Listen back to features and interviews from 95bFM's daily news & current affairs show, The Wire. Your hosts Reuben McLaren, Conor Mercer, Lillian Hanly, Lachlan Balfour and Kelly Enright focus on the issues of Tāmaki Makaurau and elsewhere, in independent-thinking bFM style. Weekdays 12-1pm on 95bFM.
Kelly spoke with Mark Wright, a University of Canterbury College of Business and Law doctoral student, who has worked both as a Crown prosecutor in Auckland and Rotorua, and as a lawyer prosecuting environmental non-compliance cases in Tauranga. He knows his stuff and is currently reviewing the RMA’s sanctioning regime and looking at alternatives on how to reprimand breaches that do not necessarily need to be classed as criminal offences.
On Tuesday, five public service chief executive jobs were filled internally by male candidates. The jobs were not advertised, nor were interviews conducted with the five candidates. The decision has been criticised for creating gender inequality in the job market.
New Director, Lillian Hanly, spoke with the chief executive of The National Council of Women, Gill Greer, to get her perspective on the matter of women working in the public and private sector.
First up on today’s Wire, Jemima speaks with Tania Sawicki Mead from Justspeak about the Government’s plans for a new 500 bed prison at Waikeria. Neutral corner returns on the summit between Kim Jong un and Donald Trump. Andrew Little joins Lachlan for their regular chat where they discuss the three strikes law. Jemima speaks with Chris Farrelly from the Auckland CIty Mission about their new detox beds. Finally, This Day in History looks at the end of the Falklands War.
Minister for Corrections, Kelvin Davis, has annunced that a 500 bed prison, including a 100 bed mental health unit, in Waikeria will replace the old prison. Jemima spoke with Just Speak spokesperson, Tania Sawicki Mead, about the new government's plans. Just Speak is represents the youth and rangatahi voice in criminal justice conversations.
The City Mission will receive $16.7 million in funding from the government to improve and expand their detoxification services. Jemima talked to Auckland City Missioner, Chris Farrelly, about how this funding will be used and why it is so important for Auckland.
On Dear Science with AUT’s Allan Blackman we talk abour organic molecules on Mars; a device can produce water out of thin air and Professor Margaret Brimble is First NZ woman to become a fellow of The Royal Society of London. Reuben interviews the chief executive of Amnesty International about possible war crimes committed by the US led coalition on Syria. Darashpreet speaks to Keren Segal about fusion power. Reuben also speaks to the founder of Housing First about the program’s beginnings and its criticisms. Darshpreet also has a report on the US North korea Singapore summit. Lastly, Lucy speaks to RNZ reporter Phil Pennington about combustible building cladding in Auckland.
Climate Change Minister James Shaw joins Reuben again this week to discuss the Declaration for Ambition on climate change signed by 23 nations, including New Zealand, promising to boost climate targets by 2020 and calling on other nations to follow suit. They also talk about the country wide roadshow set up by the Ministry for the Environment to discuss the Zero Carbon BIll with the public and to take submissions.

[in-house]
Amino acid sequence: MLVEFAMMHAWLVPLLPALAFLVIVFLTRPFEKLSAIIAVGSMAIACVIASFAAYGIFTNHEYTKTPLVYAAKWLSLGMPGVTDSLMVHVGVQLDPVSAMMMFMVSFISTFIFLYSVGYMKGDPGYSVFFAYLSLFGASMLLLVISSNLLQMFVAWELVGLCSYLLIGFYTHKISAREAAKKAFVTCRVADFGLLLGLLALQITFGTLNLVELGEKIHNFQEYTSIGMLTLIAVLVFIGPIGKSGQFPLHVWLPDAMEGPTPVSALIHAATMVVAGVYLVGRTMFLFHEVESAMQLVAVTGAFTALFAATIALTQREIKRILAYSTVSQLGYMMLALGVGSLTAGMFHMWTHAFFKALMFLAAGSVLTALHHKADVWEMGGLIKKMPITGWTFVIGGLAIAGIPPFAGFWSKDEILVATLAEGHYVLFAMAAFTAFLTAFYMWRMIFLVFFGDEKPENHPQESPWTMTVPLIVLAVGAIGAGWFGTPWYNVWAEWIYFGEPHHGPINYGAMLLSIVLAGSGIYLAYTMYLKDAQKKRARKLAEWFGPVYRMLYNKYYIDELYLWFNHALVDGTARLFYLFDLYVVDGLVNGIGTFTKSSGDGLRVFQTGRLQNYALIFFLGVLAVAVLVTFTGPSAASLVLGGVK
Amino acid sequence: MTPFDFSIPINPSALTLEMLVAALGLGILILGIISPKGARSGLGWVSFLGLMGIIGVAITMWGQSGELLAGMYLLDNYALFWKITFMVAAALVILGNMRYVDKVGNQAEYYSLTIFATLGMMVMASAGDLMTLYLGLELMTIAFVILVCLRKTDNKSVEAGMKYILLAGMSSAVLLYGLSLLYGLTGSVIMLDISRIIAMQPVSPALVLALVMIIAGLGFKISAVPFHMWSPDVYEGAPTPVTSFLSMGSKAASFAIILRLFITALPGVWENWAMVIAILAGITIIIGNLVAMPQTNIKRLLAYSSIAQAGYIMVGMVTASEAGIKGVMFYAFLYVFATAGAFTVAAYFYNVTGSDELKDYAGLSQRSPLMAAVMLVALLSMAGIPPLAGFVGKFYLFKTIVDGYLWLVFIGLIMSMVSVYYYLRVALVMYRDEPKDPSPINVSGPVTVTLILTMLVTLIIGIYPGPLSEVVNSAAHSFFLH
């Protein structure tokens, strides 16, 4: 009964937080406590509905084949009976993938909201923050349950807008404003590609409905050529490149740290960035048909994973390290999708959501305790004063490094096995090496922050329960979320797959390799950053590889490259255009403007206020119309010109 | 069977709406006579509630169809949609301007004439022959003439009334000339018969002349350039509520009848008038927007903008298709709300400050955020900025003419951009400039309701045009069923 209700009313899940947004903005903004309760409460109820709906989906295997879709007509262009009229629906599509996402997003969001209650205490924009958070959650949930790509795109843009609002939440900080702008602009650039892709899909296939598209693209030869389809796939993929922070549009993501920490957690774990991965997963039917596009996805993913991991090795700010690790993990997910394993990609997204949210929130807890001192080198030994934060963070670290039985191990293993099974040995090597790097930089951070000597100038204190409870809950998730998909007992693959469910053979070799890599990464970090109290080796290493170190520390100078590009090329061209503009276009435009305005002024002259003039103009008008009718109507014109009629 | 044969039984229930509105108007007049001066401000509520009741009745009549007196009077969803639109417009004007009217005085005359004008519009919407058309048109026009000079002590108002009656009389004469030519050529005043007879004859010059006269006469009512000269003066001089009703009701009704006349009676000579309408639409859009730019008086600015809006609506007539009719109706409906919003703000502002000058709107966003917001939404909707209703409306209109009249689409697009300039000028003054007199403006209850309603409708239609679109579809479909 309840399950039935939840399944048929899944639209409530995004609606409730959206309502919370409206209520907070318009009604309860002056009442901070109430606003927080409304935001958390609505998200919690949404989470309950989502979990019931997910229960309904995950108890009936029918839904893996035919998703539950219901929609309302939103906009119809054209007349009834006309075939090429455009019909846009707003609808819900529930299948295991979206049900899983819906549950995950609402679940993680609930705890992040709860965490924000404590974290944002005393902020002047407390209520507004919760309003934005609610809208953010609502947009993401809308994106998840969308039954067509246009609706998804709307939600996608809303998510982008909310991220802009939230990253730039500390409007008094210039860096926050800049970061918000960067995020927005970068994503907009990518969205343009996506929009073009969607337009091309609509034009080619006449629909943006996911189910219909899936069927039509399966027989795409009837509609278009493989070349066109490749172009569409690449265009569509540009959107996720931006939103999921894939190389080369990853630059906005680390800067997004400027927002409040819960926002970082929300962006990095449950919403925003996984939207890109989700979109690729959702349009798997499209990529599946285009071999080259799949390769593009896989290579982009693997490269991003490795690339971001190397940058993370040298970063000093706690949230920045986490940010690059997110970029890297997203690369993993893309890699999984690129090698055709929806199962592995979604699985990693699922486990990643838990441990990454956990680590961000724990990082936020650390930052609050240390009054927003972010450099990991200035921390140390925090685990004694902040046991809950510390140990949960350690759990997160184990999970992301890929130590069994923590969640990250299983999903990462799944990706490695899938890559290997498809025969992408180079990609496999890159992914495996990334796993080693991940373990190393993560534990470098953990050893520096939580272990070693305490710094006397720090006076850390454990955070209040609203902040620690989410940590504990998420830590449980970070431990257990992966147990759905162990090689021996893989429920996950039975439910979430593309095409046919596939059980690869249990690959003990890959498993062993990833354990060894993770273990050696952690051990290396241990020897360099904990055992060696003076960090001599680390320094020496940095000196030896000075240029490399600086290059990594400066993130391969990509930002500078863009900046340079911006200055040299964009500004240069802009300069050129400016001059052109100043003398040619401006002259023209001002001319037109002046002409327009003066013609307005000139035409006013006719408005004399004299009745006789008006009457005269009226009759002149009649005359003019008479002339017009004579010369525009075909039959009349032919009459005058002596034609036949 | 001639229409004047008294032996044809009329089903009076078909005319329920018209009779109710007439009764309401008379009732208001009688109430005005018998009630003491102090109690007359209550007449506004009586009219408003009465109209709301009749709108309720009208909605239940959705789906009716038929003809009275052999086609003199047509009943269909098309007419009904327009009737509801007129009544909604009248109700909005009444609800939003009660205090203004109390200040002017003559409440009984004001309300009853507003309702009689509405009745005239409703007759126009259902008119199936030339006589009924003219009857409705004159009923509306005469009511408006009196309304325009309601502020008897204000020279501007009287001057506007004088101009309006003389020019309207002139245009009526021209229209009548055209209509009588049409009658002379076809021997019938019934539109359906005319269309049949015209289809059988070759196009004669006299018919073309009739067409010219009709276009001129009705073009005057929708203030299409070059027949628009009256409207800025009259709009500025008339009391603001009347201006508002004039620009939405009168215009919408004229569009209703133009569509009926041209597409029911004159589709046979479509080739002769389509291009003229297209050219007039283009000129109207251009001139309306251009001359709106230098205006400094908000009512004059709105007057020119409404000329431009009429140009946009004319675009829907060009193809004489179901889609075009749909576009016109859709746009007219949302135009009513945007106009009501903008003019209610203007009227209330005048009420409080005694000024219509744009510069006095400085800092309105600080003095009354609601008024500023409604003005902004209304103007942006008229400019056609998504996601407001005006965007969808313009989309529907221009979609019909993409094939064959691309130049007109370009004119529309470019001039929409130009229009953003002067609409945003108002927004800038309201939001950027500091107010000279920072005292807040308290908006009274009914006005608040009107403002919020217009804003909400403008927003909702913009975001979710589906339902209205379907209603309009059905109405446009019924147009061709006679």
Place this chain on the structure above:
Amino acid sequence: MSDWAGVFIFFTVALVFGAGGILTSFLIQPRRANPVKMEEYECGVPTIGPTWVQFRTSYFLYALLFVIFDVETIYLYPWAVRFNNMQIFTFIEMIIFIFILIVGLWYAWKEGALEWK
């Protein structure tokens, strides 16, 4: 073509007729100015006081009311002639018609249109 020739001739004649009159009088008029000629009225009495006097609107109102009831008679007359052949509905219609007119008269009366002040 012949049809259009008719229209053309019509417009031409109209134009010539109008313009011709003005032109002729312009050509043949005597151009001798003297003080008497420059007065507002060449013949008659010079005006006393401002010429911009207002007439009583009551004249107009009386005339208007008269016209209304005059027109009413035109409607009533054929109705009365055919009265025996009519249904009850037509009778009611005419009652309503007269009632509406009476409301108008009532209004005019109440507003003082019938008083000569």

With reports of indefinite detentions and children being separated from their families at the United States border, Maria Armoudian explore how we got here, what the legal and political ramifications are and what happens next for America with Kevin Johnson and David Kyle.
A couple of weeks ago, an open letter to the Government was released by Hamilton sex worker Lisa Lewis calling for an election of a Minister of Prostitution. The letter carried the names of Lewis and 25 others. The letter was also written with the help of conservative group Family First.
Stewart spoke with Dame Catherine Healy, the national coordinator of the New Zealand Prostitutes' Collective, about whether a new minister is something worth looking into.
A town’s plea for mercy for a deported asylum seeker family has gone unheard, as the courts uphold their deportation; world cup coverage by telecommunications company Optus was so bad they had to give the rights back to the television station they bought them from; and the right-wing animosity towards public broadcaster ABC was laid bare at a meeting of Liberal Party members on the weekend.
This week National Party MP Jami-Lee Ross joins Kelly to chat about the debacle that went down in the House on Wednesday night debating the regional fuel tax bill. They also discuss the softening laws on foreign investors and how National view the government and their promises.
Our Wire Worry week is sex work. The Swedish model of sex work has been adopted by a number of countries including Ireland quite recently and has been criticised as being unsafe for sex workers. Lachlan spoke with Dame Catherine Healy about the Swedish model and its problems, and why decriminalisation is a better, safer, model.
Today on Dear Science, your favorite AUT Professor Allan Blackman discusses why playing Mozart to babies in the womb is the most stimulating option (although we don't know the extent of stimulation or even if it's beneficial) - and how, oddly enough, Shakira and Adele don't seem to have any impact of foetuses.
We also prove - yet again - to flat earthers that their theory is dated, since a Greek physicist already made it clear in 240BC that the earth is, indeed, round.
Finally, we delve into murky waters as Allan hints psychology research experiments are flawed - in the light of new revelations on the infamous Stanford Prison Experiment of 1971.